Finally, the Faculty of Philosophy elected the internationally renowned though notorious Strzygowski as the first professor of art history at the University of Tartu. At this time Strzygowski was already a professor in Vienna and Åbo (Finland). Estonian art history students could have profited from his inarguably strong methodological teaching but his ideological inclination would certainly have been undesirable. Strzygowski seems to have rejected the chair because of practical reasons. This meant that the second in election — Kjellin — was given a chance to develop Estonian art history study.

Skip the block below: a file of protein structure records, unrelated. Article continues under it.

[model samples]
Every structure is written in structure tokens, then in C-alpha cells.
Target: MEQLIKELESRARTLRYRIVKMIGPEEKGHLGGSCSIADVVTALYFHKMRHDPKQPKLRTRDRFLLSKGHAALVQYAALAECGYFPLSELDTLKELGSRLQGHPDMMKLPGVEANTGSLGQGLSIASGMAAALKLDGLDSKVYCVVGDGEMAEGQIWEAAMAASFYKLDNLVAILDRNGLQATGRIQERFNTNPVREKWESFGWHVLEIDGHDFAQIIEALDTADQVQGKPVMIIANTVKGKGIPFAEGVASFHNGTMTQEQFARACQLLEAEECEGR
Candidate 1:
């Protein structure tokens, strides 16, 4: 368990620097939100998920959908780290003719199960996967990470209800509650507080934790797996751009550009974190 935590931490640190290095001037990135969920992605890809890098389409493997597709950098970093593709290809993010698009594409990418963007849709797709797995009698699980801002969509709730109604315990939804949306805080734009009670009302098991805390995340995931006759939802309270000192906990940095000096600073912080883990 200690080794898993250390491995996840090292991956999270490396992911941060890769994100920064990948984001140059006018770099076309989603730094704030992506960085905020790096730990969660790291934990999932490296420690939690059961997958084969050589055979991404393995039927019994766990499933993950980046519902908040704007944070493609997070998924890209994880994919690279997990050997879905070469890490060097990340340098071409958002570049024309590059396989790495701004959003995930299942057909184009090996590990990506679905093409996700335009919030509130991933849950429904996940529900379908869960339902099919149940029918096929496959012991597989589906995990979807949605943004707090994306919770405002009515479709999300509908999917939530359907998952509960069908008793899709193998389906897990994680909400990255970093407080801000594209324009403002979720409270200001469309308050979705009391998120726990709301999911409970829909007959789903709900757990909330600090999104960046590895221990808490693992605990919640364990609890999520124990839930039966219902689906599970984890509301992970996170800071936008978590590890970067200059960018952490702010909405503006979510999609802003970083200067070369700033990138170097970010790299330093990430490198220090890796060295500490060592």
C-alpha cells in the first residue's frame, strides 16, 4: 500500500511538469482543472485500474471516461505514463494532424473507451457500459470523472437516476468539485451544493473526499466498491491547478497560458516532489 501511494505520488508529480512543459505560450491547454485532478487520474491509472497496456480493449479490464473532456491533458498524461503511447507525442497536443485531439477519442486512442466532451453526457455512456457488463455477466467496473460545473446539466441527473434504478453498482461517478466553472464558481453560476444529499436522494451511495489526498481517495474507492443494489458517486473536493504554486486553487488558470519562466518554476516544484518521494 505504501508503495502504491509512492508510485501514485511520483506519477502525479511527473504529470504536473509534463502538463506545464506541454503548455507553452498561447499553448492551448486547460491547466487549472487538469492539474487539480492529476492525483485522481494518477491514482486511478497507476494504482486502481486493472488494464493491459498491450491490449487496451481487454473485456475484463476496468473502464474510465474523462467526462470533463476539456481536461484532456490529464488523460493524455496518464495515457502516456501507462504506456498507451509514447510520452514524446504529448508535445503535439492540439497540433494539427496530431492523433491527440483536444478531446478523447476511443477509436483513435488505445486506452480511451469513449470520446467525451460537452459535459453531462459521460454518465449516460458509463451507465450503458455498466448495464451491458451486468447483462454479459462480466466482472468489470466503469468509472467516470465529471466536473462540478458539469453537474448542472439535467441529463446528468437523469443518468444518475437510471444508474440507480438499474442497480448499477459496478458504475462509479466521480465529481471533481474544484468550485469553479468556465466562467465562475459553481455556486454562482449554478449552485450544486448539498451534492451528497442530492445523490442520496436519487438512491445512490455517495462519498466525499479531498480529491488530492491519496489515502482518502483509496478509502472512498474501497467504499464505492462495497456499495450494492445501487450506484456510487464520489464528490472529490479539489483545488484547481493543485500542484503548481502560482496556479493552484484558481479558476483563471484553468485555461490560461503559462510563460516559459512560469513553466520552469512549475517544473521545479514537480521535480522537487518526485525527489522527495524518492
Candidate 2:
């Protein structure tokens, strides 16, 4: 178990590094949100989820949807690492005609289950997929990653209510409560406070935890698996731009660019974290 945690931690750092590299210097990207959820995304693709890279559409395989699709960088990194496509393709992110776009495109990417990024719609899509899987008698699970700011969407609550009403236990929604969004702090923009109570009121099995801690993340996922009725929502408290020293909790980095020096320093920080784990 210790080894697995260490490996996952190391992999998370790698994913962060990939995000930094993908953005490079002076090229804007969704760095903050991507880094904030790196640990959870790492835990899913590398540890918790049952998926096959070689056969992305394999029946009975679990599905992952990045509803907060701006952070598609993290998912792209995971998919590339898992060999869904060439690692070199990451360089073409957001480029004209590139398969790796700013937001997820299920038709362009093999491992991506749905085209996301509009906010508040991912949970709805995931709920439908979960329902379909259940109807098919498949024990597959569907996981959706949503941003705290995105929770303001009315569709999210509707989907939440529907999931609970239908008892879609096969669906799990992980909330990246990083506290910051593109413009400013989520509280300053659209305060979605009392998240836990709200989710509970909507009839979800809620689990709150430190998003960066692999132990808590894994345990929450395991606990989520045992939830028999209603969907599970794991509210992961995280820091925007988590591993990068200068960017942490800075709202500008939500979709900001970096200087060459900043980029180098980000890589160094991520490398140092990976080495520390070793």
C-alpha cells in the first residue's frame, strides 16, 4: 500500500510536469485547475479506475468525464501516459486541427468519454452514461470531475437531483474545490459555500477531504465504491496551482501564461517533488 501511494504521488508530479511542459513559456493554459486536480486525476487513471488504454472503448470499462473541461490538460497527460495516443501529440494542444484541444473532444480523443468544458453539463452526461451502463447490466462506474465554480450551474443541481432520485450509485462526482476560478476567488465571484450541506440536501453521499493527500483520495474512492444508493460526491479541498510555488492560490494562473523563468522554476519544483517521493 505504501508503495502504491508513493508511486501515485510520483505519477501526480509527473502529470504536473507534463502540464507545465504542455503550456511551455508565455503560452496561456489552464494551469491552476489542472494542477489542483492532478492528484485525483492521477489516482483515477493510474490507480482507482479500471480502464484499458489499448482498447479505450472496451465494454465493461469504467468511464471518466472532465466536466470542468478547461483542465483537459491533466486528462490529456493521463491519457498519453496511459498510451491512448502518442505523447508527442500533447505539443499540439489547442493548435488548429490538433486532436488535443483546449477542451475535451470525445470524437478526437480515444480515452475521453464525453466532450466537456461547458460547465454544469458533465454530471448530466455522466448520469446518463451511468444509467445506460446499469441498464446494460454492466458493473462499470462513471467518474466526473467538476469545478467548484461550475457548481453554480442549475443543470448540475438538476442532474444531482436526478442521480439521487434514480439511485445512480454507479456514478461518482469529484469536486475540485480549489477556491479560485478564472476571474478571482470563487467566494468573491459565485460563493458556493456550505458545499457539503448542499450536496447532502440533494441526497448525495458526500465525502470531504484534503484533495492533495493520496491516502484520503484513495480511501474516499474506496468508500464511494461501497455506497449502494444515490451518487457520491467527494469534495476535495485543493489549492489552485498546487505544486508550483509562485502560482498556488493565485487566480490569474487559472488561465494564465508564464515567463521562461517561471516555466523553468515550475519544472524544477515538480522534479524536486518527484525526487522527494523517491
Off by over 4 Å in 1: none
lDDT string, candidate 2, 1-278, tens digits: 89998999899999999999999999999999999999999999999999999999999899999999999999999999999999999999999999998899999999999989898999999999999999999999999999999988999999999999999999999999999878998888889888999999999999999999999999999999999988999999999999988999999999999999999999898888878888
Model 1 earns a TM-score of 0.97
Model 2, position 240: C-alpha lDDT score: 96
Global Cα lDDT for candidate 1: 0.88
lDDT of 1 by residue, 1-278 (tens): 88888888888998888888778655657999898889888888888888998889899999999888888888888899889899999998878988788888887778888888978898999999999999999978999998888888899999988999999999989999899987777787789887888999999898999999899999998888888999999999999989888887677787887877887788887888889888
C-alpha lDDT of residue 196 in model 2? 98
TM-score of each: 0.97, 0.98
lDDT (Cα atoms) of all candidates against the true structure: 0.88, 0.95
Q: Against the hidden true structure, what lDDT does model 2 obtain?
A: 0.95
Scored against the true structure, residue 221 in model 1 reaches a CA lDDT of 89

One of Kjellin’s first jobs was the establishment of the research collections at the Art History cabinet. For this he organised research trips with his student to the medieval land churches, the cloisters, castles, fortressess and the old towns in Estonia and also northern Latvia. During his time in Estonia (1922-24) he could not publish any research on this material until 1928 when his monograph on the Karja Church in Saaremaa appeared. This received a sharp critique by other scholars mainly because of overinfluencing the artistic influences from Gotland. This was achieved by matching the material with the Roosval’s conception of the Baltic-Nordic art region, but not convincingly enough. More important of this was that with his monograph Kjellin managed to open up a debate on Estonian medieval art heritage and make its study tempting for the Estonian researchers and in the long run this meant the integration of this heritage to Estonian art. This research profited greatly from the research collections established by Kjellin during his time in Tartu.